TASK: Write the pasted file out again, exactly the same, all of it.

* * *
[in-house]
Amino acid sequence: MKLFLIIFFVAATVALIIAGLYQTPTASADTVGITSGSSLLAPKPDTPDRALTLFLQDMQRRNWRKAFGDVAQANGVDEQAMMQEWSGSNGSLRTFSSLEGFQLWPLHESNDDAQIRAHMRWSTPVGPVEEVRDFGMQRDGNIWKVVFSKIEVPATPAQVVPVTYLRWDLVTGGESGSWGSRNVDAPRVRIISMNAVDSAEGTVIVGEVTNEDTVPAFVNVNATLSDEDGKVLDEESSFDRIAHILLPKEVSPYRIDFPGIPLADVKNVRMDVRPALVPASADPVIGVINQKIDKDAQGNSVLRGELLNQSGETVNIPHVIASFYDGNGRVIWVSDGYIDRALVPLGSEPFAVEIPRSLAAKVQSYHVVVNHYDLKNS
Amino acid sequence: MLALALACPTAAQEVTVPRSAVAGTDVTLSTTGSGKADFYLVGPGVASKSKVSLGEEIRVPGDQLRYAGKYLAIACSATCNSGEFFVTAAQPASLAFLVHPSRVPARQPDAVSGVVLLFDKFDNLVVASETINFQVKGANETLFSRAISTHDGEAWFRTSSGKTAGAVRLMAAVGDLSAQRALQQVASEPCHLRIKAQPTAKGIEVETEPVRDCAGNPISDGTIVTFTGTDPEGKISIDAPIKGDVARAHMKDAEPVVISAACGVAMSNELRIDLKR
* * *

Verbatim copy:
[in-house]
Amino acid sequence: MKLFLIIFFVAATVALIIAGLYQTPTASADTVGITSGSSLLAPKPDTPDRALTLFLQDMQRRNWRKAFGDVAQANGVDEQAMMQEWSGSNGSLRTFSSLEGFQLWPLHESNDDAQIRAHMRWSTPVGPVEEVRDFGMQRDGNIWKVVFSKIEVPATPAQVVPVTYLRWDLVTGGESGSWGSRNVDAPRVRIISMNAVDSAEGTVIVGEVTNEDTVPAFVNVNATLSDEDGKVLDEESSFDRIAHILLPKEVSPYRIDFPGIPLADVKNVRMDVRPALVPASADPVIGVINQKIDKDAQGNSVLRGELLNQSGETVNIPHVIASFYDGNGRVIWVSDGYIDRALVPLGSEPFAVEIPRSLAAKVQSYHVVVNHYDLKNS
Amino acid sequence: MLALALACPTAAQEVTVPRSAVAGTDVTLSTTGSGKADFYLVGPGVASKSKVSLGEEIRVPGDQLRYAGKYLAIACSATCNSGEFFVTAAQPASLAFLVHPSRVPARQPDAVSGVVLLFDKFDNLVVASETINFQVKGANETLFSRAISTHDGEAWFRTSSGKTAGAVRLMAAVGDLSAQRALQQVASEPCHLRIKAQPTAKGIEVETEPVRDCAGNPISDGTIVTFTGTDPEGKISIDAPIKGDVARAHMKDAEPVVISAACGVAMSNELRIDLKR